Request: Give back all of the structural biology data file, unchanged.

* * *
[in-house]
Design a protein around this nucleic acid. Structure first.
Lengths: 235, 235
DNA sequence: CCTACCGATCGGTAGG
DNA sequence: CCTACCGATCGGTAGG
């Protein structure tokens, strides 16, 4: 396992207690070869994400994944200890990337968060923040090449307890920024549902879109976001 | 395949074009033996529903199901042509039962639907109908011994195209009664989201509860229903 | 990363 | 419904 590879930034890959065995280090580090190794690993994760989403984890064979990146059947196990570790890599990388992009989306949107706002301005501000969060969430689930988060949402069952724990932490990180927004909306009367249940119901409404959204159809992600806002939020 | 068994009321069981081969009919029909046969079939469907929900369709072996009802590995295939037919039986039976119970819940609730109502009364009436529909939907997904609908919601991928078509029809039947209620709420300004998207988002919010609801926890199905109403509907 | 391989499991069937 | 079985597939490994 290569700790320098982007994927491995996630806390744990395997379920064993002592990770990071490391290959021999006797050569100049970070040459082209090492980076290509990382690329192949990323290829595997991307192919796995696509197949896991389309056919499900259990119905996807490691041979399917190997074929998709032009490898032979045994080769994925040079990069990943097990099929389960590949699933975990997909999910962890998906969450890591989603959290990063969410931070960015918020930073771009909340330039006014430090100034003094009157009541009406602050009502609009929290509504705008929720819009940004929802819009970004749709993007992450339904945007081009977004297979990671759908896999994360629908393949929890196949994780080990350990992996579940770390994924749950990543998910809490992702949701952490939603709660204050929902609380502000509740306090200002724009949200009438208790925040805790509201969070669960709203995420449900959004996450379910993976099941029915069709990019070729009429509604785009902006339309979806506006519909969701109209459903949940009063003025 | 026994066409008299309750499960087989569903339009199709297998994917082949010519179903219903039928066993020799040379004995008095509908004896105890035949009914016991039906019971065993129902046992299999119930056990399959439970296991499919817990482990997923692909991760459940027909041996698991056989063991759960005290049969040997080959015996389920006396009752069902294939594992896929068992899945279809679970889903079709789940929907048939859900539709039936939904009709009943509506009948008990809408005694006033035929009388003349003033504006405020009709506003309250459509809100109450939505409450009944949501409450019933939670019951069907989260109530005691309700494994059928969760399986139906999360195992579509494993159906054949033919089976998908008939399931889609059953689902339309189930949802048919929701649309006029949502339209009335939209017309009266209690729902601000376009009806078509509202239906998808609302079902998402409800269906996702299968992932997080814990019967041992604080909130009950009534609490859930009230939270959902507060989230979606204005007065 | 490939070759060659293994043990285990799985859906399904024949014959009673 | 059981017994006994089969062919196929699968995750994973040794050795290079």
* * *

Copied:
[in-house]
Design a protein around this nucleic acid. Structure first.
Lengths: 235, 235
DNA sequence: CCTACCGATCGGTAGG
DNA sequence: CCTACCGATCGGTAGG
């Protein structure tokens, strides 16, 4: 396992207690070869994400994944200890990337968060923040090449307890920024549902879109976001 | 395949074009033996529903199901042509039962639907109908011994195209009664989201509860229903 | 990363 | 419904 590879930034890959065995280090580090190794690993994760989403984890064979990146059947196990570790890599990388992009989306949107706002301005501000969060969430689930988060949402069952724990932490990180927004909306009367249940119901409404959204159809992600806002939020 | 068994009321069981081969009919029909046969079939469907929900369709072996009802590995295939037919039986039976119970819940609730109502009364009436529909939907997904609908919601991928078509029809039947209620709420300004998207988002919010609801926890199905109403509907 | 391989499991069937 | 079985597939490994 290569700790320098982007994927491995996630806390744990395997379920064993002592990770990071490391290959021999006797050569100049970070040459082209090492980076290509990382690329192949990323290829595997991307192919796995696509197949896991389309056919499900259990119905996807490691041979399917190997074929998709032009490898032979045994080769994925040079990069990943097990099929389960590949699933975990997909999910962890998906969450890591989603959290990063969410931070960015918020930073771009909340330039006014430090100034003094009157009541009406602050009502609009929290509504705008929720819009940004929802819009970004749709993007992450339904945007081009977004297979990671759908896999994360629908393949929890196949994780080990350990992996579940770390994924749950990543998910809490992702949701952490939603709660204050929902609380502000509740306090200002724009949200009438208790925040805790509201969070669960709203995420449900959004996450379910993976099941029915069709990019070729009429509604785009902006339309979806506006519909969701109209459903949940009063003025 | 026994066409008299309750499960087989569903339009199709297998994917082949010519179903219903039928066993020799040379004995008095509908004896105890035949009914016991039906019971065993129902046992299999119930056990399959439970296991499919817990482990997923692909991760459940027909041996698991056989063991759960005290049969040997080959015996389920006396009752069902294939594992896929068992899945279809679970889903079709789940929907048939859900539709039936939904009709009943509506009948008990809408005694006033035929009388003349003033504006405020009709506003309250459509809100109450939505409450009944949501409450019933939670019951069907989260109530005691309700494994059928969760399986139906999360195992579509494993159906054949033919089976998908008939399931889609059953689902339309189930949802048919929701649309006029949502339209009335939209017309009266209690729902601000376009009806078509509202239906998808609302079902998402409800269906996702299968992932997080814990019967041992604080909130009950009534609490859930009230939270959902507060989230979606204005007065 | 490939070759060659293994043990285990799985859906399904024949014959009673 | 059981017994006994089969062919196929699968995750994973040794050795290079």